Cooking Books readers, so nice to meet you all, I'm Lisa from Lisa is Cooking. Thank you so much, Andrea, for inviting me over for a guest post. Andrea and I both have an interest in cookbooks new and old, food writing, and food history, so I was invited here today to tell you about what I've been reading and cooking lately.
Thursday, October 16, 2008
In an effort to accept the change of seasons, I decided to turn to the Fall chapter of The Taste of Country Cooking by Edna Lewis. This classic, originally published in 1976, is divided into sections by season. Edna Lewis wrote eloquently about her childhood memories growing up in Freetown, Virginia and the events and farm activities that took place each season. She wrote of the pride in community and the cooperative farming efforts, and she wrote about the food. For each chapter, she writes about typical menus that were served for special events at that time of year. During the first weekend in November, the horse race in Montpelier was the occasion for a Race Day Picnic which included cold roast pheasant and lentil and scallion salad. In writing the recipes for these dishes, she includes suggestions for serving this as a hot meal in addition to the instructions for a cold picnic. Unfortunately, I didn't have a horse race to attend this weekend, so I roasted a pheasant and served it warm.
This was my first foray into pheasant roasting, and I was warned that the meat could be dry. However, the warning came from someone who didn't realize that the recipe I was following called for half a stick of butter to be inserted into the cavity of the bird before roasting and additional basting every 15 minutes. The cooking time was anywhere from 90 to 120 minutes, and my two pound pheasant reached 160 degrees in one and a half hours. I wasn't sure if the flavor would be a little like duck or more like chicken, but I was told it would be very mild. The house smelled like Thanksgiving, or my grandmother's house on any random weekend, while it roasted. To me, it tasted more like turkey than any other fowl I've tried. It was very milk, the meet was very light and it was really delicious. Considering that the flavor has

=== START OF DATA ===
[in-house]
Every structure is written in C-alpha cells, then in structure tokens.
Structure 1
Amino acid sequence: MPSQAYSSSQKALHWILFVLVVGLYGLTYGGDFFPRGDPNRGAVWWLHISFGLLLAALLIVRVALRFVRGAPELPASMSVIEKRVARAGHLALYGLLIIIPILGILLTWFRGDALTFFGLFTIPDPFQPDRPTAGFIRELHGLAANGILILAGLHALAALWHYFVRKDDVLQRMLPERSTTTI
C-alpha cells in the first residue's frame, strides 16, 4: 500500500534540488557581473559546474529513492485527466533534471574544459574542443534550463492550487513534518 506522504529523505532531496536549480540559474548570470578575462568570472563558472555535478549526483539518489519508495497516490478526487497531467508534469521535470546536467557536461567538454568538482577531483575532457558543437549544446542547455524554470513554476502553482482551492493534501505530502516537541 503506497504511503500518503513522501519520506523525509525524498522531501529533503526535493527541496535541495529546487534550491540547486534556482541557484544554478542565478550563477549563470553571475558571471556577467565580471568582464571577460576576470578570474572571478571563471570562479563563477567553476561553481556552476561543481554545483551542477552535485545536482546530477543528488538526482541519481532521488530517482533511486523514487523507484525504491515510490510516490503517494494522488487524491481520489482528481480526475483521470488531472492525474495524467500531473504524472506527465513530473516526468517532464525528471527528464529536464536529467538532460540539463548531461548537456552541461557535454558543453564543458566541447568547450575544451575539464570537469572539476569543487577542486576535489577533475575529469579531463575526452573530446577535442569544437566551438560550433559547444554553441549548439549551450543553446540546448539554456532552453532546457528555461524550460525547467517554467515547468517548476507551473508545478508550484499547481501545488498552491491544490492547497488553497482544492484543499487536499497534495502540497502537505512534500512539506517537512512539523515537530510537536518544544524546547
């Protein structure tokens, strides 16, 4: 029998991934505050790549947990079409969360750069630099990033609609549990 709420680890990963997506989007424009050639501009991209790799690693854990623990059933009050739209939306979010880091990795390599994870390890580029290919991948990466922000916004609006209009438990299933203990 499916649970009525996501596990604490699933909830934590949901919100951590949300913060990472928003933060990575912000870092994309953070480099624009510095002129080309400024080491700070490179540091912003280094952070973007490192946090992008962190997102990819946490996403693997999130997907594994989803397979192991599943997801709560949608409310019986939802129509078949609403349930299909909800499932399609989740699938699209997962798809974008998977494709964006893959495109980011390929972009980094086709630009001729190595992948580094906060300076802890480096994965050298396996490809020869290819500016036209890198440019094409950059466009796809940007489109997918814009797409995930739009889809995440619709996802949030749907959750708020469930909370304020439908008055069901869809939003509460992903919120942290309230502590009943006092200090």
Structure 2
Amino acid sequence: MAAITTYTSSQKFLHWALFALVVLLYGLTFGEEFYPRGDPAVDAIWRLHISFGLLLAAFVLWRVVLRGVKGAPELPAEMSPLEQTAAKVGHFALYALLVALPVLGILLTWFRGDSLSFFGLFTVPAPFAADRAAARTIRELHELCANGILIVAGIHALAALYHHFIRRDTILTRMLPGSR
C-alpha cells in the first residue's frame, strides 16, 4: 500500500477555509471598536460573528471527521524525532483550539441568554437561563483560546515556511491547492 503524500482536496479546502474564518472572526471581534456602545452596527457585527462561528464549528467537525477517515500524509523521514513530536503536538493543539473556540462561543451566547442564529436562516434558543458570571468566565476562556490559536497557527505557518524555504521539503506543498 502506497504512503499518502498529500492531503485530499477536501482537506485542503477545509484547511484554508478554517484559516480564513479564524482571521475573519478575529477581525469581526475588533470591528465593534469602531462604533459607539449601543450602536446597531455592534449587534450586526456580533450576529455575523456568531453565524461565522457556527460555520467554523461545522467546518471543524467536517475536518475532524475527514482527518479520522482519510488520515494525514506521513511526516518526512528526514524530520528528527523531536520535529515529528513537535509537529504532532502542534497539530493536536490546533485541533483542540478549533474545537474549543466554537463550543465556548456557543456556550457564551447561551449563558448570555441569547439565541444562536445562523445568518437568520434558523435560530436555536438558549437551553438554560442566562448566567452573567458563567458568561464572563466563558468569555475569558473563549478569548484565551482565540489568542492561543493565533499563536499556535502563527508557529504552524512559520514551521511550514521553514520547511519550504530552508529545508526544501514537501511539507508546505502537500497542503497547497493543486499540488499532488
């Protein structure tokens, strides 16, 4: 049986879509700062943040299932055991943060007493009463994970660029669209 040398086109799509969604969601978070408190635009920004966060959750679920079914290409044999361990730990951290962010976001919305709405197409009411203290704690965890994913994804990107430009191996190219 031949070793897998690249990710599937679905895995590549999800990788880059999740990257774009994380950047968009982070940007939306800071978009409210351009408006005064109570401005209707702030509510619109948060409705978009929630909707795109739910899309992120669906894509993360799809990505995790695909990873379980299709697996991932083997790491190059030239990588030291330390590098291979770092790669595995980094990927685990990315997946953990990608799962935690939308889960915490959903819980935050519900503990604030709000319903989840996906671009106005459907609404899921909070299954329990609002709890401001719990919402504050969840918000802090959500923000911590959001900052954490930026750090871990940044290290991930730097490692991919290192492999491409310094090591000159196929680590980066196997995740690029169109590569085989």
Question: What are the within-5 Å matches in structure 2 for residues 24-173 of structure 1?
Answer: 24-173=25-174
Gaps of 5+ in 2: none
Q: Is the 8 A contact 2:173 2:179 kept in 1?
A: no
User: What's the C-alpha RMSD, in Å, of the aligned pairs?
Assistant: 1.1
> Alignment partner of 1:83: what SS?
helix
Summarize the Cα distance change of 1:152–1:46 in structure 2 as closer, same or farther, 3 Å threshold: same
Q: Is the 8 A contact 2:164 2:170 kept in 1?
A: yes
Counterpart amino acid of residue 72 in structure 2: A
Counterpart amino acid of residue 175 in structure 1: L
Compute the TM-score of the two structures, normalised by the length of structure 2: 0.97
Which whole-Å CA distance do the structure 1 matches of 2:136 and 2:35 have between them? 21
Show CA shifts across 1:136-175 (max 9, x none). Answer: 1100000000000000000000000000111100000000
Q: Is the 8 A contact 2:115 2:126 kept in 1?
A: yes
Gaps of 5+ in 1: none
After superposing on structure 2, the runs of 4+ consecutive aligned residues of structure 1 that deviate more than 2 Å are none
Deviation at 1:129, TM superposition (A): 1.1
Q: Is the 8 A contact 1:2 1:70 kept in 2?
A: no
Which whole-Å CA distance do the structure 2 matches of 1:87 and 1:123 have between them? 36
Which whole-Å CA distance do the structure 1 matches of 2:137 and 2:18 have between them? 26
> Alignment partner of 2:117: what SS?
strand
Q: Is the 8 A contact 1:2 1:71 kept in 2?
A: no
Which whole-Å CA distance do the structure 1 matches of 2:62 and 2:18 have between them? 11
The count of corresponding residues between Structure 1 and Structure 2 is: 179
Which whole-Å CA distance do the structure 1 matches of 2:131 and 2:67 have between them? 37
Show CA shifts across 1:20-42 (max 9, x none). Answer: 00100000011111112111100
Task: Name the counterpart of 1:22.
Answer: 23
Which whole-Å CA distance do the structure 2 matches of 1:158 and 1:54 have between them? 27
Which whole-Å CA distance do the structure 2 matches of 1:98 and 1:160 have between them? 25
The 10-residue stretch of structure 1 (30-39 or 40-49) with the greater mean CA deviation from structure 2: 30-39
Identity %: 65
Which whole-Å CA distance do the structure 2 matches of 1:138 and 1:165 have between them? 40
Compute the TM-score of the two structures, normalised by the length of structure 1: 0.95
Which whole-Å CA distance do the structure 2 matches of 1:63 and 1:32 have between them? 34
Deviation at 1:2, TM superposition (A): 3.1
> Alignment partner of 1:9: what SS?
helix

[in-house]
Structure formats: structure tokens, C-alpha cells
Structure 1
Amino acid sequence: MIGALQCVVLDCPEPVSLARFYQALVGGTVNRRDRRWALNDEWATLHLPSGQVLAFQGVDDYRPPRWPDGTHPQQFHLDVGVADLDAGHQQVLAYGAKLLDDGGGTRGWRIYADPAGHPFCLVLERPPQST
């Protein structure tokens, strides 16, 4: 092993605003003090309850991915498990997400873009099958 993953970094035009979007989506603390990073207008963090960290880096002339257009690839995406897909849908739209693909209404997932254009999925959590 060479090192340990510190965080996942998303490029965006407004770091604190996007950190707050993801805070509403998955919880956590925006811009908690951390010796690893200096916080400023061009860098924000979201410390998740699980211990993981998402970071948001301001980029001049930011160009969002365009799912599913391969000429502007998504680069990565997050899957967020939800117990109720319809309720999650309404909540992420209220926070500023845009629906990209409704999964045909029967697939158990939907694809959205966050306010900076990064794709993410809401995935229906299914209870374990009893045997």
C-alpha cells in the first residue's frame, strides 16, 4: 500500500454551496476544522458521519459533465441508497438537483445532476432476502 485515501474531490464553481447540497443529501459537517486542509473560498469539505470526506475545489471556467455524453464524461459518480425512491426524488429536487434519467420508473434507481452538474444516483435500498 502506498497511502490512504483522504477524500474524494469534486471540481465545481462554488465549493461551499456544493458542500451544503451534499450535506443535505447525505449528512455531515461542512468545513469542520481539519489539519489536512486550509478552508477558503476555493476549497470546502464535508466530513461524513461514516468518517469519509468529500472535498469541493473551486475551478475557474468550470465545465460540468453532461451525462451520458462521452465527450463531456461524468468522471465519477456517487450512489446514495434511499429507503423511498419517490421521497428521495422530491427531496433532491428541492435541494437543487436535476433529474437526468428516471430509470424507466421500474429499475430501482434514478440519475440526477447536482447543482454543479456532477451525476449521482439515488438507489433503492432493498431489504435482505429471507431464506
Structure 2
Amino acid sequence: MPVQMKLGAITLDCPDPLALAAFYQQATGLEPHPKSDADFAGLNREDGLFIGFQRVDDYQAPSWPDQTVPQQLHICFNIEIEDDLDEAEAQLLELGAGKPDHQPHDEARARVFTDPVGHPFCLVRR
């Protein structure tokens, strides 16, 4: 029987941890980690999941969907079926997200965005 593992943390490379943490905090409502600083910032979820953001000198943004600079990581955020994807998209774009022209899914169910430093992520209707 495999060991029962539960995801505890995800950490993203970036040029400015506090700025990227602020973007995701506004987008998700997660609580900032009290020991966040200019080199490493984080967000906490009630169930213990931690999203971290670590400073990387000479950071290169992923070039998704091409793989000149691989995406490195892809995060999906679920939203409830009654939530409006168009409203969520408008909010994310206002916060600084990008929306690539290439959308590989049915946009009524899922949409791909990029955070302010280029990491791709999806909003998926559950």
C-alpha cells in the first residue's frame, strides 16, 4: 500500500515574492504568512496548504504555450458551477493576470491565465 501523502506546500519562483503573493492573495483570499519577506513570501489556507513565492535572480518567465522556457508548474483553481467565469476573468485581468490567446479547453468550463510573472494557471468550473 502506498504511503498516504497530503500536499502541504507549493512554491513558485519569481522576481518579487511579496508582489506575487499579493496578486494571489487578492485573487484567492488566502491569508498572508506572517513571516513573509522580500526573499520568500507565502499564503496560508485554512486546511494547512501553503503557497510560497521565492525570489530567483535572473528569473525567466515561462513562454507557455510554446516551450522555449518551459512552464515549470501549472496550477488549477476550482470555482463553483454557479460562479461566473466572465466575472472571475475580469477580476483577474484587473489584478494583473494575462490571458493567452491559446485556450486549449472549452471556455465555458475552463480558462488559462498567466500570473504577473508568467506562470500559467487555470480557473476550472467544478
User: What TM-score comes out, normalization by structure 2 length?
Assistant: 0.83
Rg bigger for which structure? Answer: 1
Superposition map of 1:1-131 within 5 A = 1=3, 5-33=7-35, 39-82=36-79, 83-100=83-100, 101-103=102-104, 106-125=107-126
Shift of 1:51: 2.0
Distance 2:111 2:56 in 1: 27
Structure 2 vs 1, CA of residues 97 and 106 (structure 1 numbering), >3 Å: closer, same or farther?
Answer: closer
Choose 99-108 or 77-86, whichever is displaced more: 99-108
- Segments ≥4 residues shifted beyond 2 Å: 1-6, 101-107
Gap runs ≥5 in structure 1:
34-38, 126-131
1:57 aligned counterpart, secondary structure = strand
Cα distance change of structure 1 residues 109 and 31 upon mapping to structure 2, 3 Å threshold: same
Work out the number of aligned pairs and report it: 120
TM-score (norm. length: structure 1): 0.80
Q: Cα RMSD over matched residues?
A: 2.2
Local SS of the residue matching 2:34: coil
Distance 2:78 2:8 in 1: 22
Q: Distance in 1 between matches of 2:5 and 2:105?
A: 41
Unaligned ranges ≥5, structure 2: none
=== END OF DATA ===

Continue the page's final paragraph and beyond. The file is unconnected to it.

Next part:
essentially been bread out of chicken these days, it was a joy to eat this bird with a noticeable and really pleasing taste. With a price point right at or just under that of natural chicken, I'll definitely cook pheasant again. In fact, I'm already imagining smoked pheasant enchiladas with mole poblano, but I digress.
The little bird rested while I whisked hot water into the pan drippings over high heat and let it reduce by about half. This sauce was strained and served on the side. I also prepared the lentil scallion salad, the steamed wild rice from the Emancipation Day Dinner menu, and the crispy biscuits from the Hunting Season Dinner menu. The wild rice steamed for the same amount of time that the pheasant was in the oven, and pan drippings from a roasted fowl were added to the rice, so it worked out very well as a side dish.
Edna Lewis wrote that fall was always looked upon with mixed feelings because their summer visitors had left town, and they had to return to school. But, the calves were brought home from their summer community pasturing, and hunting season began. I can understand the uncertainty about fall. I don't relish the reduced amount of daylight or the increase in traffic when school is in session, but the holidays and time spent with family and friends that get their start in the fall and continue into winter make it a pretty great time of year.